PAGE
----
Keys and locks originated in ancient civilizations, and have been dated as far back as 4000 BC. Genuine antique skeleton keys are quite collectible, although their value varies greatly, depending upon their age, scarcity, embellishments or details, their weight, shape, and size.
Niche antique skeleton key collectors narrow the scope of their collections according to a number of factors that determine the value of skeleton keys:
- Age of the key
- Where the key was used
- The type of metal the key is made of (for example, brass or iron)
- The detail or decoration on the key
What does a skeleton key symbolize?
Skeleton keys symbolize “access to” something, whether it be abstract, as in “keys to a city,” or actual, as in the key to your home. They are often thought to symbolize the key to one’s heart, the key to success, or the key to “unlocking the door” to whatever it is one wishes to attain.
Commemorative keys, like the three large ornamental keys shown above, are popular in homes and offices as objects of art. While collectors seek genuine antique keys, fairly abundant at auctions and flea markets, they need to distinguish them from inexpensive reproductions, favored by artisans.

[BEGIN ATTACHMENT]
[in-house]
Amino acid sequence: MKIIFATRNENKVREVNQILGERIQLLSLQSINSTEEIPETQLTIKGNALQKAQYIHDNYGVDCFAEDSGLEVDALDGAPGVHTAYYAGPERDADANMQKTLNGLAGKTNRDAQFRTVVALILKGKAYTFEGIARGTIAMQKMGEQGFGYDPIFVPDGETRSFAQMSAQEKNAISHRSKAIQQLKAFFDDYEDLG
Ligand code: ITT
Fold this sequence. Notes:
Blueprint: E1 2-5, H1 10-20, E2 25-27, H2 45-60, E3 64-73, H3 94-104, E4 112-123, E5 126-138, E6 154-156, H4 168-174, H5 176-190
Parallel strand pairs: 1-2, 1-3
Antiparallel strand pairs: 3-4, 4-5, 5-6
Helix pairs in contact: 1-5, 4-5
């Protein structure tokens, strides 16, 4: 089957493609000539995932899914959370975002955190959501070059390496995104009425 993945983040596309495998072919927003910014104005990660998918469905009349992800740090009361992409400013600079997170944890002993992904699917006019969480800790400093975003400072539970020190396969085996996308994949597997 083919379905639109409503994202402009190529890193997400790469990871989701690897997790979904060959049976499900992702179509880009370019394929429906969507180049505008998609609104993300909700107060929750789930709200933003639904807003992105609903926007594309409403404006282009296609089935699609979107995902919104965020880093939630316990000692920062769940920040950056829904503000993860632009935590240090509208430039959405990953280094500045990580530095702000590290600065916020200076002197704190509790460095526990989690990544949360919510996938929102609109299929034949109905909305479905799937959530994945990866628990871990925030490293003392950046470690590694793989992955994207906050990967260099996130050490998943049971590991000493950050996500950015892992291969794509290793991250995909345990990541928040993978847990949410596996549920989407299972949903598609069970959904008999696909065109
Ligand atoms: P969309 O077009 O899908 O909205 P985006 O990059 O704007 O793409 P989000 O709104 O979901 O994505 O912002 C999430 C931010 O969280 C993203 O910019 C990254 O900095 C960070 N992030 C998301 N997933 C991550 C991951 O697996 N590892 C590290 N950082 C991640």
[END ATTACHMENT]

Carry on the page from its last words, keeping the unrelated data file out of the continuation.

“Vintage-look” skeleton keys, which come with the disclaimer, “won’t open locks,” do make elegant wedding favors, and can be made into charming wind chimes, jewelry, or framed wall decor.
And, every autumn, skinny skeleton keys accessorize Halloween haunted houses and dungeon-themed props.
Spoo-key, aren’t they?
Skeleton keys as necklaces or wearable art
Skeleton keys have become popular as necklaces or wearable art more generally. Skeleton key necklaces and skeleton key pendants, in fact, are given as a present for one’s 21st birthday.
What does such a key symbolize in the context of a birthday, then? Well, at 21, an individual is old enough to be considered a key holder of her family’s home. As skeleton key fans, we try stay up to date on the latest key necklace trends. We found a few cute enameled keys on Maize Hutton’s Blogspot. Take a peek at some of the photos!
Skeleton keys as glasses frames
Beyond necklaces and jewelry, skeleton keys have made their way into the eyewear market too. Anderson Lock’s Shawn Weinstock usually purchases frames for doors, but the other night she was shopping around for glasses frames. She couldn’t resist snapping a picture of the jeweled skeleton key design from Tiffany’s.
We checked out Tiffany’s website to see if there were other key designs and, yes, there are several. Most notable were the Tiffany Rimless Aviator Sunglasses pictured here. The price tag on this stunning pair is $1,650. I like the website description: “Inspired by keys from the Tiffany Archives that opened doors to private manors and trunks filled with precious heirlooms. Sunglasses in titanium with 18k gold keys.”
We wonder if today’s door and car keys will inspire the next generation’s jewelry and eyewear!
Tell us about your antique or collectible keys!
Have you ever owned a skeleton key? An antique key, even? No matter the case, let us know about your experiences with collectible keys by contacting us. We’d love to hear from you.